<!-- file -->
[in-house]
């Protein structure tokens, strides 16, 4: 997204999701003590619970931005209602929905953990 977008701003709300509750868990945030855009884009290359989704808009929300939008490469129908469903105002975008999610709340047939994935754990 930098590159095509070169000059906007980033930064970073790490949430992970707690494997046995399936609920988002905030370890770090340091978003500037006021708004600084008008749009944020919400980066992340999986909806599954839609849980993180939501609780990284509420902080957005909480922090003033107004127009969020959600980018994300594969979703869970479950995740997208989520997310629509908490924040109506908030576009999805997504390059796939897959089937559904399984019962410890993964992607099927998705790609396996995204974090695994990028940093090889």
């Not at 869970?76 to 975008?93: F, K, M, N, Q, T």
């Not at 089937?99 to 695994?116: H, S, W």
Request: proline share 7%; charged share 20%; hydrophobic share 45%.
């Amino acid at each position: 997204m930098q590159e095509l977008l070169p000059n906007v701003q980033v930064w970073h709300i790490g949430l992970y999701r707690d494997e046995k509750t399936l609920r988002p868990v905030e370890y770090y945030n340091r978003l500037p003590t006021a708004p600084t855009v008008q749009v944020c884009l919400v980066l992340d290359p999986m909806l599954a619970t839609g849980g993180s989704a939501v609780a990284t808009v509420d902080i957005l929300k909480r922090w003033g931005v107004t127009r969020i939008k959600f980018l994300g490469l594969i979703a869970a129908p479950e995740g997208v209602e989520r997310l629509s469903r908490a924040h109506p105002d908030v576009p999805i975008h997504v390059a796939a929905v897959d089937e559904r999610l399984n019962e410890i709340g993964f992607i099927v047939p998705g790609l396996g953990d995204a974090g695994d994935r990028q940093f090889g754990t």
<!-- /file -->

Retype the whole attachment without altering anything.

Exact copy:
[in-house]
């Protein structure tokens, strides 16, 4: 997204999701003590619970931005209602929905953990 977008701003709300509750868990945030855009884009290359989704808009929300939008490469129908469903105002975008999610709340047939994935754990 930098590159095509070169000059906007980033930064970073790490949430992970707690494997046995399936609920988002905030370890770090340091978003500037006021708004600084008008749009944020919400980066992340999986909806599954839609849980993180939501609780990284509420902080957005909480922090003033107004127009969020959600980018994300594969979703869970479950995740997208989520997310629509908490924040109506908030576009999805997504390059796939897959089937559904399984019962410890993964992607099927998705790609396996995204974090695994990028940093090889």
């Not at 869970?76 to 975008?93: F, K, M, N, Q, T």
């Not at 089937?99 to 695994?116: H, S, W």
Request: proline share 7%; charged share 20%; hydrophobic share 45%.
């Amino acid at each position: 997204m930098q590159e095509l977008l070169p000059n906007v701003q980033v930064w970073h709300i790490g949430l992970y999701r707690d494997e046995k509750t399936l609920r988002p868990v905030e370890y770090y945030n340091r978003l500037p003590t006021a708004p600084t855009v008008q749009v944020c884009l919400v980066l992340d290359p999986m909806l599954a619970t839609g849980g993180s989704a939501v609780a990284t808009v509420d902080i957005l929300k909480r922090w003033g931005v107004t127009r969020i939008k959600f980018l994300g490469l594969i979703a869970a129908p479950e995740g997208v209602e989520r997310l629509s469903r908490a924040h109506p105002d908030v576009p999805i975008h997504v390059a796939a929905v897959d089937e559904r999610l399984n019962e410890i709340g993964f992607i099927v047939p998705g790609l396996g953990d995204a974090g695994d994935r990028q940093f090889g754990t």